Counsel’s death stalls hearing in human rights case

Nigeria presidential elections aftermath

rioting youths

Demonstrators on 19 April after the election in Kaduna state
Demonstrators on 19 April after the election in Kaduna state

The death of Mr Abudulfatai Bello, lead counsel to Registered Trustees of Jama’a Foundation, has stalled hearing in the case of alleged human rights violation between it and the Federal Government.

The Registered Trustees of Jama’a Foundation, an Islamic organisation and five others, had dragged the Federal Government and one other to the ECOWAS Community Court of Justice in Abuja.

The Islamic organisation is seeking N105 billion in compensatory damages against the Federal Government over the death of 800 people and the displacement of 60,000 others in the violence that followed the 2011 presidential election.

In the suit number ECW/CCJ/APP/26/13, the organisation said that the deaths, destruction and displacement which affected some of its members, constituted a sustained violation of their right to life.

It also stressed that the action constituted a violation of human dignity, equal protection under the law, and other economic and social rights of the applicants and other members of their community.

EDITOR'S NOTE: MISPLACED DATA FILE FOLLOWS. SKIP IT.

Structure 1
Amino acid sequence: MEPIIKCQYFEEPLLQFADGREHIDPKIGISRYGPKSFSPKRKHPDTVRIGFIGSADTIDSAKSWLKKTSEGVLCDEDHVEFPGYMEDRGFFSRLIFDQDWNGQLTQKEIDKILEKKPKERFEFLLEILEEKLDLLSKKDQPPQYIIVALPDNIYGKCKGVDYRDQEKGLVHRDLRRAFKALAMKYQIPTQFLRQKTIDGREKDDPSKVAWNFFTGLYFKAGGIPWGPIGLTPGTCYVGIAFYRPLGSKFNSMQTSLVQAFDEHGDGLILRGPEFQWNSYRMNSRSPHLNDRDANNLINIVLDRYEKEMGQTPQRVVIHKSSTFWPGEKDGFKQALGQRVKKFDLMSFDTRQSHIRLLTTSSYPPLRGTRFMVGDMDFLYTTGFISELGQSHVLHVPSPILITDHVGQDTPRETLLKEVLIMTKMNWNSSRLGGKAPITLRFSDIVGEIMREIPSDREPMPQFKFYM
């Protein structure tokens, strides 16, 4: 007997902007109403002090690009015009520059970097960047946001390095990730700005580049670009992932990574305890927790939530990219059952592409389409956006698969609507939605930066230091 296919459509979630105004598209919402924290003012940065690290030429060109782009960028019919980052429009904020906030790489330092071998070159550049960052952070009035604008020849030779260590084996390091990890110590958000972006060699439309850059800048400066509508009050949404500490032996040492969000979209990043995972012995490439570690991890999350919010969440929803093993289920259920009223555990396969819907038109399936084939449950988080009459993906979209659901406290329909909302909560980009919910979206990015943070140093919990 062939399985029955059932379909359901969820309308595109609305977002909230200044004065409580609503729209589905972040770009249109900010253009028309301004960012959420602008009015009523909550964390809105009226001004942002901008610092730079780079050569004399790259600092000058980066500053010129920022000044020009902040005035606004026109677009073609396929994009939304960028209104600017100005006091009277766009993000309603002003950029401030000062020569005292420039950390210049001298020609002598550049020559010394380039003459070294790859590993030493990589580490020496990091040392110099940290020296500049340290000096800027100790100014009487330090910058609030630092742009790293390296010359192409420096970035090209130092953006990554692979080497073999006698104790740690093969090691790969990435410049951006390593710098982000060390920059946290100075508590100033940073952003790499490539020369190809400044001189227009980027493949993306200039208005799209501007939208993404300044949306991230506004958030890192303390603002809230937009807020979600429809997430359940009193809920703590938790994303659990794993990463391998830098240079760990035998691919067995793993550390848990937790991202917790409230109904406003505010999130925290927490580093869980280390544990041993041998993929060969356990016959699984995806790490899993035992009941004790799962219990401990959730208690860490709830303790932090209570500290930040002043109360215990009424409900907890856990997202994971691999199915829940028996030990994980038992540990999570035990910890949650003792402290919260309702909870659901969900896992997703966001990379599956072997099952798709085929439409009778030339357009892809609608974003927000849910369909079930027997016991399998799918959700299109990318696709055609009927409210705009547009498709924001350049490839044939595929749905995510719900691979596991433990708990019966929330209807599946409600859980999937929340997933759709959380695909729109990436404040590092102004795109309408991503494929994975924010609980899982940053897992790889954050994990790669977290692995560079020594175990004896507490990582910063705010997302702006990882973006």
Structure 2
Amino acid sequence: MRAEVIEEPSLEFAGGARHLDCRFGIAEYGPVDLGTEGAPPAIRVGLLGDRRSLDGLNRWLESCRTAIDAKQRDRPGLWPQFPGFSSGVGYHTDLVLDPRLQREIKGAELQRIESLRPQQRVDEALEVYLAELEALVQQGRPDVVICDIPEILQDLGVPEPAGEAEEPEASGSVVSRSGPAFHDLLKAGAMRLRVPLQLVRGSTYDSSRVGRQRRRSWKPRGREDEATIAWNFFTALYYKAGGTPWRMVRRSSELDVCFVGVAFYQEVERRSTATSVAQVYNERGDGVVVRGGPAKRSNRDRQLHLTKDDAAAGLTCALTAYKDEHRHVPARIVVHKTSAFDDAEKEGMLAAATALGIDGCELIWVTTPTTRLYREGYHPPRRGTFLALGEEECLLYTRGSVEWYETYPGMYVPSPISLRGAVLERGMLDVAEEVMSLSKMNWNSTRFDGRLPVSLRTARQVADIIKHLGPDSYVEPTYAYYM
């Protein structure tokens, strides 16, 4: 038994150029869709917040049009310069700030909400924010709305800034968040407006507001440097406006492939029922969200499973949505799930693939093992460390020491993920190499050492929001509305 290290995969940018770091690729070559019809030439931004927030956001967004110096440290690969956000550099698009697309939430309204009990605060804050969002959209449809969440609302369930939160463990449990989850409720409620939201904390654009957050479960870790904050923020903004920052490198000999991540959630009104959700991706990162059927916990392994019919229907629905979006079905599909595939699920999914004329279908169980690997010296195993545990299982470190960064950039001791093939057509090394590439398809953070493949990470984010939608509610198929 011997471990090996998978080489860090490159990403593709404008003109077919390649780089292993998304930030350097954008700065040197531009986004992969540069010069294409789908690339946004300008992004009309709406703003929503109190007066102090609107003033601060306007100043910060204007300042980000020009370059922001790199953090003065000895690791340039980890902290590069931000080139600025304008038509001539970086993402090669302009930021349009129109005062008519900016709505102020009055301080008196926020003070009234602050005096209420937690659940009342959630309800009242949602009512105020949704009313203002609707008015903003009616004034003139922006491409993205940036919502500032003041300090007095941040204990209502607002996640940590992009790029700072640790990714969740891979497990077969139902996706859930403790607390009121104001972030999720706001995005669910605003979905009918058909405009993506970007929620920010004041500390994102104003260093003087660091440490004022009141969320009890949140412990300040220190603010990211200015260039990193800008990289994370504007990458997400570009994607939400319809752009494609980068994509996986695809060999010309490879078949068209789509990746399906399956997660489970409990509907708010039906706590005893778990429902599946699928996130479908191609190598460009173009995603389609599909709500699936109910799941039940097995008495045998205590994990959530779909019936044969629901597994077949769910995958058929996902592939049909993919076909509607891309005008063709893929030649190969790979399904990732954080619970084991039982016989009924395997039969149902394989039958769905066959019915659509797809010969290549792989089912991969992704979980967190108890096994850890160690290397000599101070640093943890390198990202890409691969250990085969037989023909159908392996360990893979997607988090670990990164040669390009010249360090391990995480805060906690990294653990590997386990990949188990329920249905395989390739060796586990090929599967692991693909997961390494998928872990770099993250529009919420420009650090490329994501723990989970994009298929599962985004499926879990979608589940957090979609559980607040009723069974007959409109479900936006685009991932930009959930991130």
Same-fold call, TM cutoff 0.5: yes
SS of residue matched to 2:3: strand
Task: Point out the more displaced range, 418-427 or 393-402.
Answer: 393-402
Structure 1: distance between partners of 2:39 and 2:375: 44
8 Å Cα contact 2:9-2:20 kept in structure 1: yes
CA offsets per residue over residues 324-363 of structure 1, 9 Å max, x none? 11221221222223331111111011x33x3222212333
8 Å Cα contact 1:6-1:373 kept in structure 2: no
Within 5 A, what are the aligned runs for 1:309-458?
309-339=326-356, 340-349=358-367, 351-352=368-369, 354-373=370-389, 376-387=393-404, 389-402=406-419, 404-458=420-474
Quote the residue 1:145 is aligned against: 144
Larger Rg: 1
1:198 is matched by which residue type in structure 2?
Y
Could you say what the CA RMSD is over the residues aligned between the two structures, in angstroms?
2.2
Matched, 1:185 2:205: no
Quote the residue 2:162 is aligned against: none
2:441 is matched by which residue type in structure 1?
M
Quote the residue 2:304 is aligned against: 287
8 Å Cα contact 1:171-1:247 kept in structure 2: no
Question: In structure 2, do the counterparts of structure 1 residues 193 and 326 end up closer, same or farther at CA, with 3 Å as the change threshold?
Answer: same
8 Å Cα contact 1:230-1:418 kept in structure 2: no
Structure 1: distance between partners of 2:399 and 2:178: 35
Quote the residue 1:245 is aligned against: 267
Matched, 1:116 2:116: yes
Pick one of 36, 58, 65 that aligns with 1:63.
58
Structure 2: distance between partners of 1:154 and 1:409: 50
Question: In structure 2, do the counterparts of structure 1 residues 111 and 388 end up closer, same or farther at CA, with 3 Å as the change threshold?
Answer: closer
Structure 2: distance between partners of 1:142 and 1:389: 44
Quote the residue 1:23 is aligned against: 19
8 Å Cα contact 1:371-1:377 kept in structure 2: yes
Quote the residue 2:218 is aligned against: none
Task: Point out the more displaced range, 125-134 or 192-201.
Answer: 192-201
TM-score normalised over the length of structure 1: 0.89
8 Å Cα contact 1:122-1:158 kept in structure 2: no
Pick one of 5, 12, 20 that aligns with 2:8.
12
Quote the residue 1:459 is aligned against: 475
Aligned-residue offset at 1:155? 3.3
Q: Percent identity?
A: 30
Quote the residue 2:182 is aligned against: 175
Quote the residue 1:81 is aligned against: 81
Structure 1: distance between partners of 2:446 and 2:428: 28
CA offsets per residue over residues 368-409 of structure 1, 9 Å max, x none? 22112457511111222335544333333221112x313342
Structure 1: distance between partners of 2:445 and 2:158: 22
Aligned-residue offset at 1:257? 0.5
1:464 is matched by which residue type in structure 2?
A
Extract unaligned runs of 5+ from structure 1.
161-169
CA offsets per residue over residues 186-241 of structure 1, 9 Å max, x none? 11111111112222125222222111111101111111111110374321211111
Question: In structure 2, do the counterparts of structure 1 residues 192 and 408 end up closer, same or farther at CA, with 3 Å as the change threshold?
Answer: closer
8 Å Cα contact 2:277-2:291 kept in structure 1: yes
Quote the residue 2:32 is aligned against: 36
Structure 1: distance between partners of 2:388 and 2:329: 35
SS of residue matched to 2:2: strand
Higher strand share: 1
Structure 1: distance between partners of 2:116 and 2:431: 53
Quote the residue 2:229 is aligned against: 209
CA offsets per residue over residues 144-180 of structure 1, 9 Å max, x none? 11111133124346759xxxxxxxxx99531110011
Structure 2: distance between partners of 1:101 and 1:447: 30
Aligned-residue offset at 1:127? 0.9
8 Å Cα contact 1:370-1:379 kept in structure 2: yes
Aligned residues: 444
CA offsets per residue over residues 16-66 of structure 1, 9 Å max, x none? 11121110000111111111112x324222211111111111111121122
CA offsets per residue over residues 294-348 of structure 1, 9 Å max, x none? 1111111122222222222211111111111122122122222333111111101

The plaintiffs are also asking the court to direct the defendants to implement the recommendations of the Sheikh Lemu Investigative Panel set up by the Federal Government in the wake of the post-election violence.

The counsel to the respondents, at the last adjournment, urged the court to hear its preliminary objection in which it is contesting the locus standi of the plaintiffs before entertaining their prayers.

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The Presiding Judge, Justice Chijioke Nwoke, had adjourned the case till Oct. 20 for hearing.

However, when the case came up on Tuesday in Abuja, Miss Zainab Bello, who made appearance for the plaintiff, told the court that the lead counsel, Mr Bello was deceased.

The counsel, who said Bello died on June 14, two days after he appeared before the court, requested the court to adjourn the case.

She asked for two or three consecutive days adjournment to enable the plaintiff to put its house in order before the continuation of the case.

Nwoke sympathised with family of the deceased and sent a condolence message on behalf of the court to the family of the late counsel.

Nwoke, while adjourning the case till Dec. 7 and Dec. 8 for definite hearing, said the respondent had sent a letter to the court indicating non-appearance.

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